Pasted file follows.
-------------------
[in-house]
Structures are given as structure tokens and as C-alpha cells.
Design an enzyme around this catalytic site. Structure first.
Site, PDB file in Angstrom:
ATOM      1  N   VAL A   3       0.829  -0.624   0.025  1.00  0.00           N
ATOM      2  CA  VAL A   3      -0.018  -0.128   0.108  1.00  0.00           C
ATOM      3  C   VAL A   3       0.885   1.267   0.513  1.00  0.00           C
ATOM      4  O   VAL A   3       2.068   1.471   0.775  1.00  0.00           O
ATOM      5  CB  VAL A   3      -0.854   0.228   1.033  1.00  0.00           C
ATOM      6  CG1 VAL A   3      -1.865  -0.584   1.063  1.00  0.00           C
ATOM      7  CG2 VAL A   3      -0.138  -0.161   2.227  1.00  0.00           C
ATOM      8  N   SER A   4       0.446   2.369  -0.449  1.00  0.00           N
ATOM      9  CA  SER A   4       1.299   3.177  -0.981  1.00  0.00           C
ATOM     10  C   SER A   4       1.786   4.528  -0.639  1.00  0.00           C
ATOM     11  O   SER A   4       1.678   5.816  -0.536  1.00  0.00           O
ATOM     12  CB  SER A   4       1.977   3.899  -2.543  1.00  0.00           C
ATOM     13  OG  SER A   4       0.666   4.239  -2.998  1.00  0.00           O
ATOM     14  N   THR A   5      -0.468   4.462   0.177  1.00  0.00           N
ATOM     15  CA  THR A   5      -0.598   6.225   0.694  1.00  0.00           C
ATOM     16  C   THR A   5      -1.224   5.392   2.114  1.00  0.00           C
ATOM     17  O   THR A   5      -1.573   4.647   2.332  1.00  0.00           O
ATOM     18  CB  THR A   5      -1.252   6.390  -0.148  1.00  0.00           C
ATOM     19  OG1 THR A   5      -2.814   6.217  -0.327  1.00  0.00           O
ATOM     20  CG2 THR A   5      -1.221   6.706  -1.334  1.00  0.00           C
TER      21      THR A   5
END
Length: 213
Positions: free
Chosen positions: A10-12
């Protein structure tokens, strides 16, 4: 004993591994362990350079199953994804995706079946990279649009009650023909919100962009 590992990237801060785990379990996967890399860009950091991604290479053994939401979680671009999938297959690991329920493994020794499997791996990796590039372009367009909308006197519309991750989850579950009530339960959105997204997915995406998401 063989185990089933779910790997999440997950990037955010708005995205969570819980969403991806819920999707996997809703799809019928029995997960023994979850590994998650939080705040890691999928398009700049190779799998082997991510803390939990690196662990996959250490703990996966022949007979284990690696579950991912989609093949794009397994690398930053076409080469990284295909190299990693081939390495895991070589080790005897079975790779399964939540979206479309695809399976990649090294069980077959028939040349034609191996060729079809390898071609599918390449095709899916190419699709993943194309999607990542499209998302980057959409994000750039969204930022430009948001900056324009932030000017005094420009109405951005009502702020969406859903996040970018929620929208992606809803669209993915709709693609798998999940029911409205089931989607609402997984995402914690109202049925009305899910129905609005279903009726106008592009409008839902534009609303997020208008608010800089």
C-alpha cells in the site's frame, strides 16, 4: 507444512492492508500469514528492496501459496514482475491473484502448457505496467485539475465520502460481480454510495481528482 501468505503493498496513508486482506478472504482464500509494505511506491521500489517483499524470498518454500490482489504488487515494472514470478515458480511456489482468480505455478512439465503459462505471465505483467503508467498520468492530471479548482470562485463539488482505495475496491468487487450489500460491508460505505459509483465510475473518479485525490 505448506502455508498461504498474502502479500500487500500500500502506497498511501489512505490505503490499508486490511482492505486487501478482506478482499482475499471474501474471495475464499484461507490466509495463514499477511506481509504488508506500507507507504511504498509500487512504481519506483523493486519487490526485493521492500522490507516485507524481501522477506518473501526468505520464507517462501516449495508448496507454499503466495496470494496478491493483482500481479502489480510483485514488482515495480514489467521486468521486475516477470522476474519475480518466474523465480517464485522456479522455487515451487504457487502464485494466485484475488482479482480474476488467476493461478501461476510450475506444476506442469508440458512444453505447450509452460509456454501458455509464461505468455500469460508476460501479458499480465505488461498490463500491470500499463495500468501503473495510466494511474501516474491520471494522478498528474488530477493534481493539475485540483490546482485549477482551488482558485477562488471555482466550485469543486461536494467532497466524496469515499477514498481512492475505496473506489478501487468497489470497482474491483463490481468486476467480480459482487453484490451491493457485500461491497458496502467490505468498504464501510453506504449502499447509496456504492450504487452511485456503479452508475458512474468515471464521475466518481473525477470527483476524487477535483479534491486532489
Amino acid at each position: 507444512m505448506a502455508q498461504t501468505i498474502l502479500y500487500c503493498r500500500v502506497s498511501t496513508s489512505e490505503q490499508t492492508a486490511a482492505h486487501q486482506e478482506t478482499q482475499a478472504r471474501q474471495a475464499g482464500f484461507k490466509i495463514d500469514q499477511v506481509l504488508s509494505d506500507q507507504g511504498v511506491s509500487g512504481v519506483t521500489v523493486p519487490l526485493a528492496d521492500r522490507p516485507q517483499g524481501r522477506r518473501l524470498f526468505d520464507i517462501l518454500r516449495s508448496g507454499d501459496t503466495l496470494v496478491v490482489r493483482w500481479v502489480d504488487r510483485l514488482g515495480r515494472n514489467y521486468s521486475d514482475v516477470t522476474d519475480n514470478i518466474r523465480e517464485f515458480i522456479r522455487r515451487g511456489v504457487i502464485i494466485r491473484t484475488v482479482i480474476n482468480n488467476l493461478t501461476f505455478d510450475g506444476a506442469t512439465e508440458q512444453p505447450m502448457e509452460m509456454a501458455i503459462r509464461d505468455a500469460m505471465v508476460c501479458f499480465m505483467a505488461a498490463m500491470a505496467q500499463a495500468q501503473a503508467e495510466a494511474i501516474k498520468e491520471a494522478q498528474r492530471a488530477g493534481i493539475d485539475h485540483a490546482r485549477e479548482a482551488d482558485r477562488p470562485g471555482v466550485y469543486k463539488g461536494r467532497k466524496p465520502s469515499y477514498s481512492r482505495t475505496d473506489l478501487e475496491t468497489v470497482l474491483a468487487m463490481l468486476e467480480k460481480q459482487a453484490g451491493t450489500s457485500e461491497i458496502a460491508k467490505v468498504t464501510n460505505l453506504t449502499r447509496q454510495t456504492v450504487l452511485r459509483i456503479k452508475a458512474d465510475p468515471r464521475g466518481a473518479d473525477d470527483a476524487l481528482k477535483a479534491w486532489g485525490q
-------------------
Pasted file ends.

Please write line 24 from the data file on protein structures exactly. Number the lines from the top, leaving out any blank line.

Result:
ATOM     20  CG2 THR A   5      -1.221   6.706  -1.334  1.00  0.00           C